Secretary of Veterans Affairs Bob McDonald has taken a lot of heat since he took over the beleaguered agency a little over a year ago. And while he’s made some missteps (most notably partially blaming one of his customers, a member of Congress, for the problems at the Denver hospital construction site, and misstating his military service), he’s done many things that will wind up making a veteran’s experience better when that vet deals with the agency.
One of those is the hiring of a Veterans Experience Officer, Tom Allin. Allin’s appointment is a step in the right direction for America’s veterans, for two reasons:
Allin comes from the very competitive fast-food and fast-casual dining industry. What does that have to do with VA, you may ask? There are very few businesses today where establishing brand trust and loyalty are more important than fast food. With so many choices, businesses in that space depend on returning customers to build their bottom lines. VA is in the same spot, in many ways. Senate Armed Services Committee Chairman John McCain’s (R-Ariz.) new bill to let all vets into the VA Choice program in essence creates competition for the VA health care system. If the Army Corps of Engineers can get the Denver hospital project back on the rails and completed, you can expect more competition for VA’s Office of Construction and Facilities Management. These are only two places where pressure is coming for funds that currently go to the VA, to go other places. So earning veteran loyalty and demonstrating VA’s commitment to serving its customers is more important than ever.
Veterans (and Congress) now have a name and a job title that they can hold accountable. If Allin and McDonald can’t point to concrete examples of how the agency is better at serving veterans, and how they’ve ended at least some of the problematic examples of poor service, Congress, veterans service organizations and vets themselves have a head to call for. I don’t believe that will be necessary — I think McDonald’s intention to change the agency will happen — but the incentive to succeed increases with the presence of a specific person stakeholders can hold accountable.
McDonald also has a strong grip on the challenges his agency puts in the way of veterans. “If I went to a veteran and said, ‘What’s Blue Button?’ they would have no idea,” he said recently at an event hosted by Politico. “Our websites have unusual names. E-Benefits, MyHealtheVet, etcetera. What’s wrong with Veterans.gov or Vets.gov? Rather than looking at everything through the lens of the bureaucracy toward the customer, let’s look at everything from the lens of the customer.”
Amen. He’s exactly right. But one element of that statement reveals one of the major problems McDonald faces as he tries to remake the organization.
Try typing Veterans.gov into your browser, and see what happens. Spoiler alert: you’ll get redirected to a great site that’s well-designed and easy to use, with tons of detail about the Veterans’ Employment and Training Service. The host of that site and administrator of the VETS program? The Department of Labor.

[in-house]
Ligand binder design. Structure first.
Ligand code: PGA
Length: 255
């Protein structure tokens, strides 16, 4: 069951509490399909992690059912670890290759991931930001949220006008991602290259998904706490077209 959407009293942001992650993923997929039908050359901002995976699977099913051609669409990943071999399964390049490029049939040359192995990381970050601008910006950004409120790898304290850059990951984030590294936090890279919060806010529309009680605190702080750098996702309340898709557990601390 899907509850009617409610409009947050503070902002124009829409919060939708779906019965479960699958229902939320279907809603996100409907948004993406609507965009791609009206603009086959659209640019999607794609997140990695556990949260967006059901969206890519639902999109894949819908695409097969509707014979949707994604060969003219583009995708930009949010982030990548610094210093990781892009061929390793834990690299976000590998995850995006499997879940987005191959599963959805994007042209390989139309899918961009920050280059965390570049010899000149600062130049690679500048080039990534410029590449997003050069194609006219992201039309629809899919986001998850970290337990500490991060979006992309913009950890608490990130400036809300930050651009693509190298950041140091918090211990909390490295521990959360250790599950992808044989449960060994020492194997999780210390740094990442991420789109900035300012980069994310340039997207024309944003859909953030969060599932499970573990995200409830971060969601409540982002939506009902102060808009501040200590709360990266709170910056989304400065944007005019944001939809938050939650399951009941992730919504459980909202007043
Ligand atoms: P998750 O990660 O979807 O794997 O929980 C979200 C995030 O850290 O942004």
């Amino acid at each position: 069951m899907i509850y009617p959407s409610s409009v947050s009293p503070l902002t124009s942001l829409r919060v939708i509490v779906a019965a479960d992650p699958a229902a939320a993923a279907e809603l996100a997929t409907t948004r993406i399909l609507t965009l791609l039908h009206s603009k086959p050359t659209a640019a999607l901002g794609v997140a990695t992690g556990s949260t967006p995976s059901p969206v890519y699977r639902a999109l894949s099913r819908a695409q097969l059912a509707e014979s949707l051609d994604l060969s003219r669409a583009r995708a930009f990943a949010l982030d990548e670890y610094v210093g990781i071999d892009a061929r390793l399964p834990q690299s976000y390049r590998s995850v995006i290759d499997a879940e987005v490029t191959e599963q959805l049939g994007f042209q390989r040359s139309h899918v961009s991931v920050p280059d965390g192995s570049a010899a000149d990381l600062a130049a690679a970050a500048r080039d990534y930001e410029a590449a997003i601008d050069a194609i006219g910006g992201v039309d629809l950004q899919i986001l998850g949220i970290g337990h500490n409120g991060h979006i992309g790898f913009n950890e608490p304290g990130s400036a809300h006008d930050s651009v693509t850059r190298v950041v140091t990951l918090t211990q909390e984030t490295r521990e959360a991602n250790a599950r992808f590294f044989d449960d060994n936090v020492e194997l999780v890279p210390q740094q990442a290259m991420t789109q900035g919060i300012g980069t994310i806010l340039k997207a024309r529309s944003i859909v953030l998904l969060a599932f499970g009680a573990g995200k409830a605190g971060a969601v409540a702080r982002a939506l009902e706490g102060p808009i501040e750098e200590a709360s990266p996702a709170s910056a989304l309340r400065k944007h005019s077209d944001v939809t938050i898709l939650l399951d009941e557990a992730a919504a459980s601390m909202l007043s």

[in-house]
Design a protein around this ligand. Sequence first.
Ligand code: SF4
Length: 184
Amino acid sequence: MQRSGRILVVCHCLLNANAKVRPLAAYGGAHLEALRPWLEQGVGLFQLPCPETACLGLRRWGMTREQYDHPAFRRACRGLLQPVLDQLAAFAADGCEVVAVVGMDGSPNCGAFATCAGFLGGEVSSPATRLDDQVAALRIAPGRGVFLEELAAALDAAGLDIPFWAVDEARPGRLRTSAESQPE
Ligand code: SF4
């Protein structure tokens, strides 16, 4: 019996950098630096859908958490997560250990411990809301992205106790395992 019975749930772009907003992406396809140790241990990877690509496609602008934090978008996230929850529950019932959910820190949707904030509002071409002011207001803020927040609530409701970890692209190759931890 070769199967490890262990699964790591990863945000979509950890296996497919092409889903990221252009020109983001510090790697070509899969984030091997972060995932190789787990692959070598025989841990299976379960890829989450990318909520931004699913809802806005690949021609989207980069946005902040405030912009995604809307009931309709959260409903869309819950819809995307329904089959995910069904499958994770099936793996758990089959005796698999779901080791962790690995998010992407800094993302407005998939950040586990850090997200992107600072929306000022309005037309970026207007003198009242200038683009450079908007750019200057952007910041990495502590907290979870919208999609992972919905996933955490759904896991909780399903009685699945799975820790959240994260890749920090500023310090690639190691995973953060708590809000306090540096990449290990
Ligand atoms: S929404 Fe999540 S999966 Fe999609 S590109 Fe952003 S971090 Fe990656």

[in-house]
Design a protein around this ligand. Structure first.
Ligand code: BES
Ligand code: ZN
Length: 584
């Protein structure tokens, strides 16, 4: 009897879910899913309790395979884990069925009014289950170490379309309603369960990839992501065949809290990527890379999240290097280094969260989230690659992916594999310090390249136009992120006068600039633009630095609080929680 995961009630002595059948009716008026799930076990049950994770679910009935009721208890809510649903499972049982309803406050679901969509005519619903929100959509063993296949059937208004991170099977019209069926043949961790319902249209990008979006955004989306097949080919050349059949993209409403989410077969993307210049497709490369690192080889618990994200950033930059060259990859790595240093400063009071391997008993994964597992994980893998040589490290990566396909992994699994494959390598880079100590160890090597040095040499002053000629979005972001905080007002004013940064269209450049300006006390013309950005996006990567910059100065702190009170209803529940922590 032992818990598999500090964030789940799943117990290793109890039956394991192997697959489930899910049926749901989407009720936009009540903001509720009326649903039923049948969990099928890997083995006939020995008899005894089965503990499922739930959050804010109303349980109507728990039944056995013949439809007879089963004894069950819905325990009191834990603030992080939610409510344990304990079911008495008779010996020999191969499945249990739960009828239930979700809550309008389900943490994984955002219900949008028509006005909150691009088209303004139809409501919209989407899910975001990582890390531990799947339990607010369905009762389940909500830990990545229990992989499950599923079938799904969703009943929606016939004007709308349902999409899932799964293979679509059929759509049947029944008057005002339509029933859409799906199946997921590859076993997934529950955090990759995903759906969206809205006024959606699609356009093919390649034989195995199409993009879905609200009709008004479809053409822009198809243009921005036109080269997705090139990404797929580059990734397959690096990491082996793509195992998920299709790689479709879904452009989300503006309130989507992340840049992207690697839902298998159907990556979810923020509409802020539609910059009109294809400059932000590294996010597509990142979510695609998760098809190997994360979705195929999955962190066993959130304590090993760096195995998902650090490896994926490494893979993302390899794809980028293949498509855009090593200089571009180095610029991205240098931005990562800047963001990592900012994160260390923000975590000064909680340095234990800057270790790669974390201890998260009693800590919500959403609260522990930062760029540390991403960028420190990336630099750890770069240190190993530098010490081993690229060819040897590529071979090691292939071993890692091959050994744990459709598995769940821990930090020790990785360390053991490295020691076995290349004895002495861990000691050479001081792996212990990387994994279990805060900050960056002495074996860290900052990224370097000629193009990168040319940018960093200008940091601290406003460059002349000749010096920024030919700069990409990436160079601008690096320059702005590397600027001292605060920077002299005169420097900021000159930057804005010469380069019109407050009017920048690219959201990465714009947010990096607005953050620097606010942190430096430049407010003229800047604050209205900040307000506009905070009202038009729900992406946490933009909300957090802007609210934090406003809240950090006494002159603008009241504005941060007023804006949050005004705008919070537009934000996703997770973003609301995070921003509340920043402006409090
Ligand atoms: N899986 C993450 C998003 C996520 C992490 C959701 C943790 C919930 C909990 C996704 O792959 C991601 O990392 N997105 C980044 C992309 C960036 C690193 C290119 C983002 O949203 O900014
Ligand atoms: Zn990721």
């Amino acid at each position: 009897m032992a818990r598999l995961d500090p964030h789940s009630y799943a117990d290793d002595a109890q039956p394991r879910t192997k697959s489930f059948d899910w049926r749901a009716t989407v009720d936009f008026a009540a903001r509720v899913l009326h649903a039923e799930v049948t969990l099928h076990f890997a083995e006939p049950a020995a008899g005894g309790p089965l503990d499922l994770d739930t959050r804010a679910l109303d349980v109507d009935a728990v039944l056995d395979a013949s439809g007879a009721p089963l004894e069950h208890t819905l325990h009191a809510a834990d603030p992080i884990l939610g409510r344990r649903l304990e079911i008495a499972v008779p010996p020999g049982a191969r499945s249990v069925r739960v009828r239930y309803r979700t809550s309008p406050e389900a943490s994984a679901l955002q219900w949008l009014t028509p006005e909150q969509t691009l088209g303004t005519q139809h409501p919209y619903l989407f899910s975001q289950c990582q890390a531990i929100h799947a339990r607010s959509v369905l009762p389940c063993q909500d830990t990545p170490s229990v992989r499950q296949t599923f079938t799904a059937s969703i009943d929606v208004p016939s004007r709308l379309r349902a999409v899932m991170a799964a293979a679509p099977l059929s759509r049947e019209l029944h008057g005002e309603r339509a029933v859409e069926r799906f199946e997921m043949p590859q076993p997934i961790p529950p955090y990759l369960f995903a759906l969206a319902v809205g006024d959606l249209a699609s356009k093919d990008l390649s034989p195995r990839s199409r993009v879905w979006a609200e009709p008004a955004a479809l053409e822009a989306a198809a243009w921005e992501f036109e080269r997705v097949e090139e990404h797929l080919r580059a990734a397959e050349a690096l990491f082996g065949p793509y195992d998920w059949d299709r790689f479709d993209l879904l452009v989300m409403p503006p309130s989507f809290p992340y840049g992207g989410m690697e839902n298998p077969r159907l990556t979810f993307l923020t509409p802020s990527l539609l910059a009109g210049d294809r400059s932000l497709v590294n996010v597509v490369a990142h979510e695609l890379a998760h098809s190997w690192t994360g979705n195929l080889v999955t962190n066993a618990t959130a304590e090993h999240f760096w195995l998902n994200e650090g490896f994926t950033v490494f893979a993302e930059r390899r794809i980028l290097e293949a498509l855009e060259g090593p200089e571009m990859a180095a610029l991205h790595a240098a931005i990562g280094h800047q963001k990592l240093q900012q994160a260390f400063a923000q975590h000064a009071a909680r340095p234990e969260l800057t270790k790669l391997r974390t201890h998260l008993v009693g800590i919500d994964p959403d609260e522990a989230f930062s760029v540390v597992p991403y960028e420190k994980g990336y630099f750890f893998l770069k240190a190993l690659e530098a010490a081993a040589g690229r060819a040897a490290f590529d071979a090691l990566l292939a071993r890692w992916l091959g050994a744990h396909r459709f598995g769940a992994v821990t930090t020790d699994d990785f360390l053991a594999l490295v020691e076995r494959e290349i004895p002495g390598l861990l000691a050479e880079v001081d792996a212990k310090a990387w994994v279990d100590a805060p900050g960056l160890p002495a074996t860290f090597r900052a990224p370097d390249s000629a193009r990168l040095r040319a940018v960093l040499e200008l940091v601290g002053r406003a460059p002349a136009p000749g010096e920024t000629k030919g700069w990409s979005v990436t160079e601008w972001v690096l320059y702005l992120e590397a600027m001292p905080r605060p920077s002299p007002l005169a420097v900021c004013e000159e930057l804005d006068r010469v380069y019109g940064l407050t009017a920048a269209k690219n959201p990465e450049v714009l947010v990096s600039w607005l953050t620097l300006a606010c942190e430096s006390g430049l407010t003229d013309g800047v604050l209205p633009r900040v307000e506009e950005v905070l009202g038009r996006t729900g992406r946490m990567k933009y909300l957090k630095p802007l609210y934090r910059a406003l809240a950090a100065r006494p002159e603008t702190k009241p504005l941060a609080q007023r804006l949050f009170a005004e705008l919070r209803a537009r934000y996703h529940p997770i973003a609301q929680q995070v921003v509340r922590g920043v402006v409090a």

I’m not suggesting the Labor Department shouldn’t run the VETS program; I don’t know whether that program should be absorbed into one of the many vets employment programs at the VA or not. But McDonald’s reference, and my subsequent trip to the Web browser, serve as a reminder of the size and scope of the duplication-and-overlap problem the VA — and the government more broadly — has to deal with.
The idea behind McDonald’s remarks is right on target. Thinking like the customer is a concept that McDonald’s Proctor & Gamble experience makes very clear to him. The holdup to changing that thinking may well be the bureaucracy that McDonald has gently suggested is part of the problem.
All of this focus on the customer is a step in the right direction, but it shouldn’t be VA’s destination. It should be the vehicle the agency uses to get to the destination. Better outcomes for vets — better health, longevity, employment, housing and so on — are the real test. Phillip Carter of the Center for a New American Security worries that so far, the VA’s strategy to boost customer experience leaves largely intact the three parts of the VA that provide services to vets — the Veterans Health Administration, Veterans Benefits Administration and National Cemetery Administration. Carter told me, “The really big organizational opportunity is to break those apart, and build something of an integrated regional structure.” So far, though, VA hasn’t indicated a willingness to take on restructuring of that magnitude.
Allin told the Federal Times back in May a revamped VA website would go live May 20. If the agency hit that target, I missed the announcement. The recent turnover in the chief information officer’s shop there — new CIO Laverne Council confirmed, Deputy CIO Steph Warren and Chief Information Security Officer Stan Lowe both departed — certainly doesn’t make an undertaking like a new website easier; and if the concept of a simple, streamlined, one-stop VA website is simply delayed, not off the table, then vets still have a chance at a big win.
But it appears the site will have to be Vets.gov, which yields a “this webpage is not available” screen when you go there. Unless VA wants to bargain with the Labor Department over Veterans.gov.